With a name that seemed to pop out from a random film title generator (coming soon: The Penguin Professor and The Antelope Analyst), and a concept apparently conceived of by a 5-year-old (a baby in a suit barks orders), The Boss Baby didn't seem especially exciting ahead of time.
Despite that, it has become a massive hit at the US box office. It's a triumph of marketing over storytelling, as the film, while not offensive, mostly lives down to its lack of promise.
In a plot that mines surprisingly similar ground (with much less success) to last year's Storks, The Boss Baby follows the plight of 7-year-old Tim (Miles Bakshi), an imaginative only child whose world is torn asunder when a new little baby brother arrives.
Feeding Tim's resentment is his knowledge that his new sibling is actually on a special assignment from Baby Corps, a business-like organisation that promotes the interests of babies. Or something.
After repeatedly failing to convince his parents that their new addition actually wears a suit and speaks with Alec Baldwin's voice, Tim must eventually team up with his pint-sized nemesis.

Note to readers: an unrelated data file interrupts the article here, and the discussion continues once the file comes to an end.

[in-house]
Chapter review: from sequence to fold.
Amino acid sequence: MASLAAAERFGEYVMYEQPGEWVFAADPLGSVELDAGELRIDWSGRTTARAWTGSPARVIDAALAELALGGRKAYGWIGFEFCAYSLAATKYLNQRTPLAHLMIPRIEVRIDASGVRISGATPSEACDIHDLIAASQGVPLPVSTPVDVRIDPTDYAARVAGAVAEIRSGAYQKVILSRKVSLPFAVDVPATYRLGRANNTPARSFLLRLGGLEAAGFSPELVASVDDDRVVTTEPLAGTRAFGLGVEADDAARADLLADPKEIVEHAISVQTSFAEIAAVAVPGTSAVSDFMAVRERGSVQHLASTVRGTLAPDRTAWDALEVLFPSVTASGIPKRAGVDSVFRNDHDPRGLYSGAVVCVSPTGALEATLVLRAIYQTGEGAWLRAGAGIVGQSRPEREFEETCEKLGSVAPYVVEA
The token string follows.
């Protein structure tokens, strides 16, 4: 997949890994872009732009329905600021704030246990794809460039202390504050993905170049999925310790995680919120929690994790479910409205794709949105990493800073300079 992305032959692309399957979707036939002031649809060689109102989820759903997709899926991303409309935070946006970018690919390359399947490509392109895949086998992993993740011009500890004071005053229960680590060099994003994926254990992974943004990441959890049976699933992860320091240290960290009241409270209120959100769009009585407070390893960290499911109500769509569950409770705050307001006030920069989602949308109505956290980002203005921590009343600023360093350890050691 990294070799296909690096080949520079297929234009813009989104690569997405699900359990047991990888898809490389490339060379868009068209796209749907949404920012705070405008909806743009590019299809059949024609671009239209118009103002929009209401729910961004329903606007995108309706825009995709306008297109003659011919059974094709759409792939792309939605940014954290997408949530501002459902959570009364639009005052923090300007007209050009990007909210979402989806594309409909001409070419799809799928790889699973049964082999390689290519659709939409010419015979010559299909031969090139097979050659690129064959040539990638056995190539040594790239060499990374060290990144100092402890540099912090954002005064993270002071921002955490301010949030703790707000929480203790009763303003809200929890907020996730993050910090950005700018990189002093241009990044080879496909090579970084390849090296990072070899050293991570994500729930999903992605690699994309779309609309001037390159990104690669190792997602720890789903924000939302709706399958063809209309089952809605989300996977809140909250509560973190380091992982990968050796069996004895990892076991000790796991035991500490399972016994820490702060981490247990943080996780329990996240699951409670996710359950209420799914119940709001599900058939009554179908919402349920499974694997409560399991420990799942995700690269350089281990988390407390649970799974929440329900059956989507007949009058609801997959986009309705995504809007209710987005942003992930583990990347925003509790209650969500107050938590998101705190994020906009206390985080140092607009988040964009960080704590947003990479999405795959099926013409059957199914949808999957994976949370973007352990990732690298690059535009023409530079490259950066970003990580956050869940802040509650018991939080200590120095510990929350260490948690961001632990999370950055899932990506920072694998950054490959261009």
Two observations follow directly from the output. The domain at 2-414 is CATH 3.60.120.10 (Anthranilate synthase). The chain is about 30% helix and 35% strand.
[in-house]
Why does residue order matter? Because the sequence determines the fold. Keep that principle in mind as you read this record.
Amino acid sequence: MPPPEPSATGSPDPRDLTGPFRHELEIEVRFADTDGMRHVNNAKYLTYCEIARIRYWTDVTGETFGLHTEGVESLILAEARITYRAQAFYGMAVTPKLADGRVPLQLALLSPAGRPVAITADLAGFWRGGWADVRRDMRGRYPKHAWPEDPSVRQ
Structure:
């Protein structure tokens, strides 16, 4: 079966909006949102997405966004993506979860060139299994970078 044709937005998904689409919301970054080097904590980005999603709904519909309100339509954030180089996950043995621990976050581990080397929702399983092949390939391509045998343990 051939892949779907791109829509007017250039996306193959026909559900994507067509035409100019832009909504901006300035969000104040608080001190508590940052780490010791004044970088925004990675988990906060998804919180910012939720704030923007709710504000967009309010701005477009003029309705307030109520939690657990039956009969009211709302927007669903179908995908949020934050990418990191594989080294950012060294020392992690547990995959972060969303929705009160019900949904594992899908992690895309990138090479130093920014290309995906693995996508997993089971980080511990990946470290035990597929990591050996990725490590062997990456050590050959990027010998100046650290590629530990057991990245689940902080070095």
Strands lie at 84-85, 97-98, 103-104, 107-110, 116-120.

The novelty of hearing Alec Baldwin riff on his infamous performance as a fearsome sale manager in 1991's Glengarry Glen Ross ("Cookies are for closers" etc) wears off pretty quickly as the film settles into a series of baby-imperiling set-pieces that occasionally display welcome stylistic flourishes.
Very young audience members should enjoy the surfeit of fart and bum jokes, but unless you're a seriously clucky grown-up, guardians will struggle to find much to carry them through.
Alec Baldwin, Lisa Kudrow, Steve Buscemi
Fun for kids, adults will clock watch.